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Cowboys for Christ review

Two American missionaries arrive in Scotland… you can pretty much guess the rest.

256 PAGES · £14.99

Author:
Robin Hardy

Publisher:
Luath Press

ISBN:
1-90-522241-6

Rating: 2/5

The cult British horror movie The Wicker Man has many great qualities, but it’s fair to say that surprise is not one of them. For a start, it’s called The Wicker Man. And its publicity material features a burning effigy of a figure – a man made from wicker. So when, in Cowboys For Christ, a hapless Christian copper gets set upon by the goatbothering brethren of a remote Scottish island, it’s not difficult to see where it’s all heading...

However predictable it may have been, it was clearly not enough for The Wicker Man’s director, Robin Hardy, who has now written virtually the same story all over again. Admittedly, the names and locations may have changed – this time, a border town replaces the island and, instead of God’s policeman, the prey are two Texan missionaries – but everything else runs strictly to plan. As for the creepy local laird, he’s virtually indistinguishable from The Wicker Man’s Lord Summerisle – a point which is driven home by the fact that Christopher Lee is slated to star in an upcoming film version.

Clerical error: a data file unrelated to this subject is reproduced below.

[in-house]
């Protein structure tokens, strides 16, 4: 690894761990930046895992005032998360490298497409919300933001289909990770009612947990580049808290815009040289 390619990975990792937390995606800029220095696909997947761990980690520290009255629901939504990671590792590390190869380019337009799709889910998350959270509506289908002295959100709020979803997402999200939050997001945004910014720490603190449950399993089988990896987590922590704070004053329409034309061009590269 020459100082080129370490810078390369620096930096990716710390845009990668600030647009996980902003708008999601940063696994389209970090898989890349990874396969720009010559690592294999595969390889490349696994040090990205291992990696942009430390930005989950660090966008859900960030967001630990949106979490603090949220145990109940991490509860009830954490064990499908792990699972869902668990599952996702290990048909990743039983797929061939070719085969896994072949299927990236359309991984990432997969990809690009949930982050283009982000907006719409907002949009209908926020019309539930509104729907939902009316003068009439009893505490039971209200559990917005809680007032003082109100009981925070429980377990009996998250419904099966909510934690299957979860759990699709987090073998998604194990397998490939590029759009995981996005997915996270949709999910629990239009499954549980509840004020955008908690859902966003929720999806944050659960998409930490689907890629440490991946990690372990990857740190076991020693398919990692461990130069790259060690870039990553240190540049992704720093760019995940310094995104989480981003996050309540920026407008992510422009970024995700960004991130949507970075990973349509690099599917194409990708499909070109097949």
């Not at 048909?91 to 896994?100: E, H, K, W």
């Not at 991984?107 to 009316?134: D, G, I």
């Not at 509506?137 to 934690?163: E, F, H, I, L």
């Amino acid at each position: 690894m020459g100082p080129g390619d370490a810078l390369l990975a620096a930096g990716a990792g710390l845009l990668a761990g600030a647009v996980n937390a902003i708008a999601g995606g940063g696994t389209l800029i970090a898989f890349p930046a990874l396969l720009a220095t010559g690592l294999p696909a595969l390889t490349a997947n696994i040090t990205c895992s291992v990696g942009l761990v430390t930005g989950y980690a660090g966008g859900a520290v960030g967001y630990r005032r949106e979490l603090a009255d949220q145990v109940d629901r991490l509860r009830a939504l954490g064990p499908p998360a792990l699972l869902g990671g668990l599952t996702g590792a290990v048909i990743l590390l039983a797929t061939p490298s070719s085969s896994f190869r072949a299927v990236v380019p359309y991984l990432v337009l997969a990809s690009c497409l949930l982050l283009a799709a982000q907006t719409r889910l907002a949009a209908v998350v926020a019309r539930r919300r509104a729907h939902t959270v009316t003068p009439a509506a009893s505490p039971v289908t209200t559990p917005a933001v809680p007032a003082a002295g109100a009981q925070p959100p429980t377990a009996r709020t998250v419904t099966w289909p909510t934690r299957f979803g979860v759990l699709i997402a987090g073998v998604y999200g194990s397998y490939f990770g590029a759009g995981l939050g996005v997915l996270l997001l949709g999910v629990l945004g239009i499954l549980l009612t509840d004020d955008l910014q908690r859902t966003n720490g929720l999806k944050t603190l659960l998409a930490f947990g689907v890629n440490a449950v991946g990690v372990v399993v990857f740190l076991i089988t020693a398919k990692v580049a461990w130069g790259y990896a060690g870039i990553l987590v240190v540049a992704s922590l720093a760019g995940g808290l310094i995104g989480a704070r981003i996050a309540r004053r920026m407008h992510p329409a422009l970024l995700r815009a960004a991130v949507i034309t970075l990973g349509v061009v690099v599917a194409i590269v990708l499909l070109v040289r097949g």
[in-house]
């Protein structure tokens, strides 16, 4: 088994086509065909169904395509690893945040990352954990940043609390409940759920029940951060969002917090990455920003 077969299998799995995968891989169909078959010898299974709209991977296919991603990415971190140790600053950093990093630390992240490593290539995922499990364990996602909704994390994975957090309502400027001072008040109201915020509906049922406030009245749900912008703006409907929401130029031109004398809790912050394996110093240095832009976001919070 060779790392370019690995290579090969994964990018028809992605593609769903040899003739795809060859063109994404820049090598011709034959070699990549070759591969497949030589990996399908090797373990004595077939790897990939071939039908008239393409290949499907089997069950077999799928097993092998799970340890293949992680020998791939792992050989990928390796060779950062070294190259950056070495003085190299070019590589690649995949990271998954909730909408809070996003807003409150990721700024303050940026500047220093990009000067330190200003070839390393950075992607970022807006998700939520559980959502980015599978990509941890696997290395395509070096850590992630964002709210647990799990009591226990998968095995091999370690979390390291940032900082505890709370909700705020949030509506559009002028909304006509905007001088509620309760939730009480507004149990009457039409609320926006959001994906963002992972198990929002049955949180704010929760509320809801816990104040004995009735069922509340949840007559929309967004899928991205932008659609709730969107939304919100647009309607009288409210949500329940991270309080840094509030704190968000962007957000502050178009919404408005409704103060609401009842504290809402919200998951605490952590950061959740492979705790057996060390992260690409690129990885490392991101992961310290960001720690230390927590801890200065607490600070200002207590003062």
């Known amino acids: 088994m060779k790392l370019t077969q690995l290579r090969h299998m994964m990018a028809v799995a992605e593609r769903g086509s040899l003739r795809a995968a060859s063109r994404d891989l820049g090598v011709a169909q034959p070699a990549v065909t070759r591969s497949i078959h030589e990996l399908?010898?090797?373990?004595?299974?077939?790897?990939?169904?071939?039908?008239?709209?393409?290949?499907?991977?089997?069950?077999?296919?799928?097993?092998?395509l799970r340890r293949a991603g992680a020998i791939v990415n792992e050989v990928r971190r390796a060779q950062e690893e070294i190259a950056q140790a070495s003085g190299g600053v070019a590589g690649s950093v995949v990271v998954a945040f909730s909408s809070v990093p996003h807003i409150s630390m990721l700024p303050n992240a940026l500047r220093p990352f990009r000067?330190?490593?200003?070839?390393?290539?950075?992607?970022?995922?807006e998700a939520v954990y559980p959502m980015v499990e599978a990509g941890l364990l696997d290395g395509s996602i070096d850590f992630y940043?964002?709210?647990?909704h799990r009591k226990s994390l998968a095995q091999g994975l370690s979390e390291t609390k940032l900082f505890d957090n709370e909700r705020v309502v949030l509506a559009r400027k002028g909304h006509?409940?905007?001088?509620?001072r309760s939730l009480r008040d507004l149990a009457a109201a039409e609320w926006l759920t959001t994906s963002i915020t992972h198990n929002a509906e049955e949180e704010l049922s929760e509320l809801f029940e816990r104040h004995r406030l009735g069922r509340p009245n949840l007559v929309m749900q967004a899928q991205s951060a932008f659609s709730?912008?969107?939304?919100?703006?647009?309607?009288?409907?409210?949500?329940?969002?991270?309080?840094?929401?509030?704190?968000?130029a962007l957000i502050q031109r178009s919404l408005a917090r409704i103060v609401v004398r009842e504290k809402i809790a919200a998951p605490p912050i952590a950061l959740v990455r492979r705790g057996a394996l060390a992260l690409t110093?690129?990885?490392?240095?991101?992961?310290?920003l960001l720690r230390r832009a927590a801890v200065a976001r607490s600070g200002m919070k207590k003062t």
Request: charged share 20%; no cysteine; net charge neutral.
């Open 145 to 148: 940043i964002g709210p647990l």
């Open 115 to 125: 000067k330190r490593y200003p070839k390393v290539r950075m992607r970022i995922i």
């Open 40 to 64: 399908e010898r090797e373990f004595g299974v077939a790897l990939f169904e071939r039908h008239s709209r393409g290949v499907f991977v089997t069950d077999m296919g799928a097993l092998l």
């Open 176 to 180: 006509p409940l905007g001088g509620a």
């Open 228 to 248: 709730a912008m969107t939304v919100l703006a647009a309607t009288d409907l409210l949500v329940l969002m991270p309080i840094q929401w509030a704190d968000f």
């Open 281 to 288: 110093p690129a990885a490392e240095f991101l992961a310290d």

Hardy has a pretty peculiar prose style, too, constantly interrupting the story with clunky, superfluous asides on everything from the Chernobyl disaster to 9/11, and an extended tour of Glasgow that reads like a Berlitz city guide. Cowboys For Christ must surely also be a strong contender for the annual Bad Sex Award, for a scene in which a woman’s pubic topiary reminds her lover of Hitler’s moustache (“an oblong black tuft of hair, as smooth as a cat’s pelt”). That’s one thing we weren’t expecting...

Paul Kirkley

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